Monday, July 1, 2019

Rock Radio JULY 1969 When Life was Spacey

Anything was Possible … In Mind, Music & the Moon 

There’s no denying we were a spacey lot in the late 1960s. No month confirms that description more than JULY 1969. Let’s ROCKet into space …

50 Years Ago this Month in Rock & Roll Radio 
July 11th:Take your protein pills and put your helmet on … ♪ we’re in for a bumpy ride! David Bowie’s “Space Oddity” was odd, indeed. Though the 7-inch single did well in his native UK after its July release, it caused nary a ripple on US charts, even with the country’s space travel hype in a frenzy.
Its re-release in 1973 however, shot it up to spacey heights for Bowie’s first big hit in the US. Speculation is the ’69 melancholy tune’s rise was stunted in the US until after Apollo 11 touched down safely on the moon …

July 20th: The United States created worldwide news when Apollo 11 Lunar Module Eagle landed two men, Neil Armstrong and Buzz Aldrin, on the silvery moon. Well, that’s what it looks like to us. The dusty sphere might have popped some eons-old romanticized bubbles, but it promoted global unity that summer, like we (sadly) haven’t known since.

Let’s add a couple more memories to our out-of-this-world month!
In The Year 2525” is an ethereally depressing tune not directly related to space travel but perhaps its eventual rise to the top twenty was a runoff from spacey thinking, to futuristic fears …
In the Year 2525 | If man is still alive The one-hit-wonder by Zager & Evans released in May, but took a while to work its way up the musical ladder to July 1969 radio charts. It hung ominously at the top for six weeks.

On W’R-IT/Milwaukee, Wisconsin “Pop Power” top 40 for July 7, 1969, while Zager & Evans held the top star, #5 was no slouch for Oliver’sGood Morning Starshine.” The Earth says hello which is about the most intelligent line in the song. And there’s gloomy Earth talk with Credence hit, “Bad Moon Rising,” at #15.
            But my lunar loony favorite is a silly, knee-slapping spoof on the moon landing craze that must have caught the fancy of many, to land on the W’R-IT chart at a lofty #8. How about the astronaut on the ceiling | what’s your name? Moonflight” by Vik Venus, “Alias: Your Main Moon Man,” is a must-listen memory! Even more fascinating is popular WMCA/New York City DJ, Jack Spector (1928-1994), was Vik Venus. (“Moonflight” debuted at #28 on WMCA.)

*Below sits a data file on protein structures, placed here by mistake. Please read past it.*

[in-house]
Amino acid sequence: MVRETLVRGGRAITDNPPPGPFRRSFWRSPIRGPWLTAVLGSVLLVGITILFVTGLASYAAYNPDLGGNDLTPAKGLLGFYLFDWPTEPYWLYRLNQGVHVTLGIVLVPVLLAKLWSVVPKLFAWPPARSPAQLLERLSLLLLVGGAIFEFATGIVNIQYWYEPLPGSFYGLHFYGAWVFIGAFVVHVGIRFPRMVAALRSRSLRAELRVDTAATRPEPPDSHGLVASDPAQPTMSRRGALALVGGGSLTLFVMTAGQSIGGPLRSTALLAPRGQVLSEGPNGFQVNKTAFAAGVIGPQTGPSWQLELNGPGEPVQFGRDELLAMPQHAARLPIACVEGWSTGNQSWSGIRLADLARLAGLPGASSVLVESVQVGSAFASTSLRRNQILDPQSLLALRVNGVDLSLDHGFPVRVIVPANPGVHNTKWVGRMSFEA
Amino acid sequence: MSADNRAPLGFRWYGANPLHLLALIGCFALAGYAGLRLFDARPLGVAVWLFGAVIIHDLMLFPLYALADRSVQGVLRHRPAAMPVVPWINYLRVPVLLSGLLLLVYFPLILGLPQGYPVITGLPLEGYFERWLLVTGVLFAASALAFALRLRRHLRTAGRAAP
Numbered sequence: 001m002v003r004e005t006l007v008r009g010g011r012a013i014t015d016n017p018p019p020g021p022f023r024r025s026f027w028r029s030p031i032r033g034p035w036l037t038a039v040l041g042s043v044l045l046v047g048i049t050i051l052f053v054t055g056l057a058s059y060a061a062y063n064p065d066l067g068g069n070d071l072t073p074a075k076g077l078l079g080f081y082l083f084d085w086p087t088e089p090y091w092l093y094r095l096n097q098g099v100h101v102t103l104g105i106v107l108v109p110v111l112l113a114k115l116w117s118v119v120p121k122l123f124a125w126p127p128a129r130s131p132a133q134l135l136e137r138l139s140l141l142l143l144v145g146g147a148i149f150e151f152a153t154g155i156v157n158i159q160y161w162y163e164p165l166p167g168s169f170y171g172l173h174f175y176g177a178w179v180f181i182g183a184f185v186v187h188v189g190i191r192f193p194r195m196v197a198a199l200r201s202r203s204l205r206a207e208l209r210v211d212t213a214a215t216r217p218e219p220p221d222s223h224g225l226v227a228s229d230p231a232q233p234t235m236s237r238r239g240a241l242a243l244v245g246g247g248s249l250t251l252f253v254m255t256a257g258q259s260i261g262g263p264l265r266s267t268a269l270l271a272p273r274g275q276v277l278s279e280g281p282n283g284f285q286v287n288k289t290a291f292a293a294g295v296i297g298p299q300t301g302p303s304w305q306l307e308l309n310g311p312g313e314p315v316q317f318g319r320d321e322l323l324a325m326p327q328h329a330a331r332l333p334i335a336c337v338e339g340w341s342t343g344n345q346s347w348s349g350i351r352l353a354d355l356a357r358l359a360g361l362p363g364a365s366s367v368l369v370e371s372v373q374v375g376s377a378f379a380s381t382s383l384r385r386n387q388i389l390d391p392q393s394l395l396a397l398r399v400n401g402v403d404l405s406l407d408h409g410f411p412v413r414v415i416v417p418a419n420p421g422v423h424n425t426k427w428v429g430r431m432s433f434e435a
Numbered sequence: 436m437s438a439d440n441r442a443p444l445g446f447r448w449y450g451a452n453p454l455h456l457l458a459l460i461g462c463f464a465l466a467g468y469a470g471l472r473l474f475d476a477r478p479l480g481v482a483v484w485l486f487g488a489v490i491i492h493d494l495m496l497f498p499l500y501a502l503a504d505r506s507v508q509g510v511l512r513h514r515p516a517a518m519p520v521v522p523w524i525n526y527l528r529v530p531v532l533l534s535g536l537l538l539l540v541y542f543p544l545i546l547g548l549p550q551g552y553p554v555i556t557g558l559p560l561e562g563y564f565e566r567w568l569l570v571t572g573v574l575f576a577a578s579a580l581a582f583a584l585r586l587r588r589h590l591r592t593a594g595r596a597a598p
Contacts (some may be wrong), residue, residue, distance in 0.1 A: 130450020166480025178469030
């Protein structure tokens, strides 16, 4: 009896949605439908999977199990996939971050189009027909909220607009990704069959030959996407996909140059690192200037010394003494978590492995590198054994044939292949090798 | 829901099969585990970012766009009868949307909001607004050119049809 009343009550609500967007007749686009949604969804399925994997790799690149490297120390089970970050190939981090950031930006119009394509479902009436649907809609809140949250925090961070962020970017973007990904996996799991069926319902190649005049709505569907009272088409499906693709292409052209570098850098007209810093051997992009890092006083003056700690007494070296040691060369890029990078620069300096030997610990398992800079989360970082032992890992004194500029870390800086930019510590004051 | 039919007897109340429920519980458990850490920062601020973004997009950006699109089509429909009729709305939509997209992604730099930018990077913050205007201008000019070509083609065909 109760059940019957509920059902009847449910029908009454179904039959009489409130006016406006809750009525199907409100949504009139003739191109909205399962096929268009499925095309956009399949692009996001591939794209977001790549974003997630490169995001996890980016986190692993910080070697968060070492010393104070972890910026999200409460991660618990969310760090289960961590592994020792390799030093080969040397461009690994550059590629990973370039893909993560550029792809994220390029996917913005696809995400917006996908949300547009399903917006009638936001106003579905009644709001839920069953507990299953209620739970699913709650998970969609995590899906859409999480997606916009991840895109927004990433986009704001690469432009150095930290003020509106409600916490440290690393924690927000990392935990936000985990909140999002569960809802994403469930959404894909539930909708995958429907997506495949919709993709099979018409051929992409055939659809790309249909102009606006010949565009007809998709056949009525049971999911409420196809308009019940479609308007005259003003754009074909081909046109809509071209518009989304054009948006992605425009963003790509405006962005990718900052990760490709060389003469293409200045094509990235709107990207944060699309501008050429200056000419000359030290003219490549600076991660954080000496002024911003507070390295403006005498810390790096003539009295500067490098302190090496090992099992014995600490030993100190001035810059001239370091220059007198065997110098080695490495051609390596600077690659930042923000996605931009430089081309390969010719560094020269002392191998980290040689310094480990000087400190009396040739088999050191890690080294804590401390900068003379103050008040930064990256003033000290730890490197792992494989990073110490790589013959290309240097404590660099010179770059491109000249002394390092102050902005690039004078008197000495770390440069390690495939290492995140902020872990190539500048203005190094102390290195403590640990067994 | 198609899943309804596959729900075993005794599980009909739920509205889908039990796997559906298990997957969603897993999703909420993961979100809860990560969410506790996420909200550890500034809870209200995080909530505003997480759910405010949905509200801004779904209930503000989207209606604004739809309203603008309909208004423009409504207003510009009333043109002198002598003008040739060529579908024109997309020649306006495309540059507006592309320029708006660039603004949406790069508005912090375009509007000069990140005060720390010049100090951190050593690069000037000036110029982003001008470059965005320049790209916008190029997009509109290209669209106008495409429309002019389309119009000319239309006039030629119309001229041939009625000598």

He mixed faux-media news interview questions with answers from real lines in previous song hits … Let’s talk to the astronaut who just finished eating | How’s the food? …[reply] Yummy, yummy, yummy, I got love in my tummy. ♪ Heehee.

Featured Radio Survey: W’R-IT/Milwaukee’s Pop Power chart of top 40 tunes ran the gamut from moody to moonbeams … and we tagged along for the ride. 50 Years Ago this Month in Rock & Roll Radio. That awesome day when … 

Celebrate JULY 1969 and … Rock On!
Share on Twitter: @BlastFromPastBk

LinDee Rochelle is a writer and editor by trade, and author by way of Rock & Roll. She has published two books (of three) in her Blast from Your Past series, available on Amazon (eBook and print): Book 1Rock & Roll Radio DJs: The First Five Years 1954-1959; and Book 2Rock & Roll Radio DJs: The Swinging Sixties. Coming soon … The Psychedelic Seventies!

Note: FYI – All links in the BFYP site are personally visited, verified, and vetted. Most are linked to commonly accessed sites of reputable note. However, as with everything cyber-security, use at your own discretion. 

♪ ♪ ♪ ♪ ♪ ♪ ♪ ♪

No comments:

Post a Comment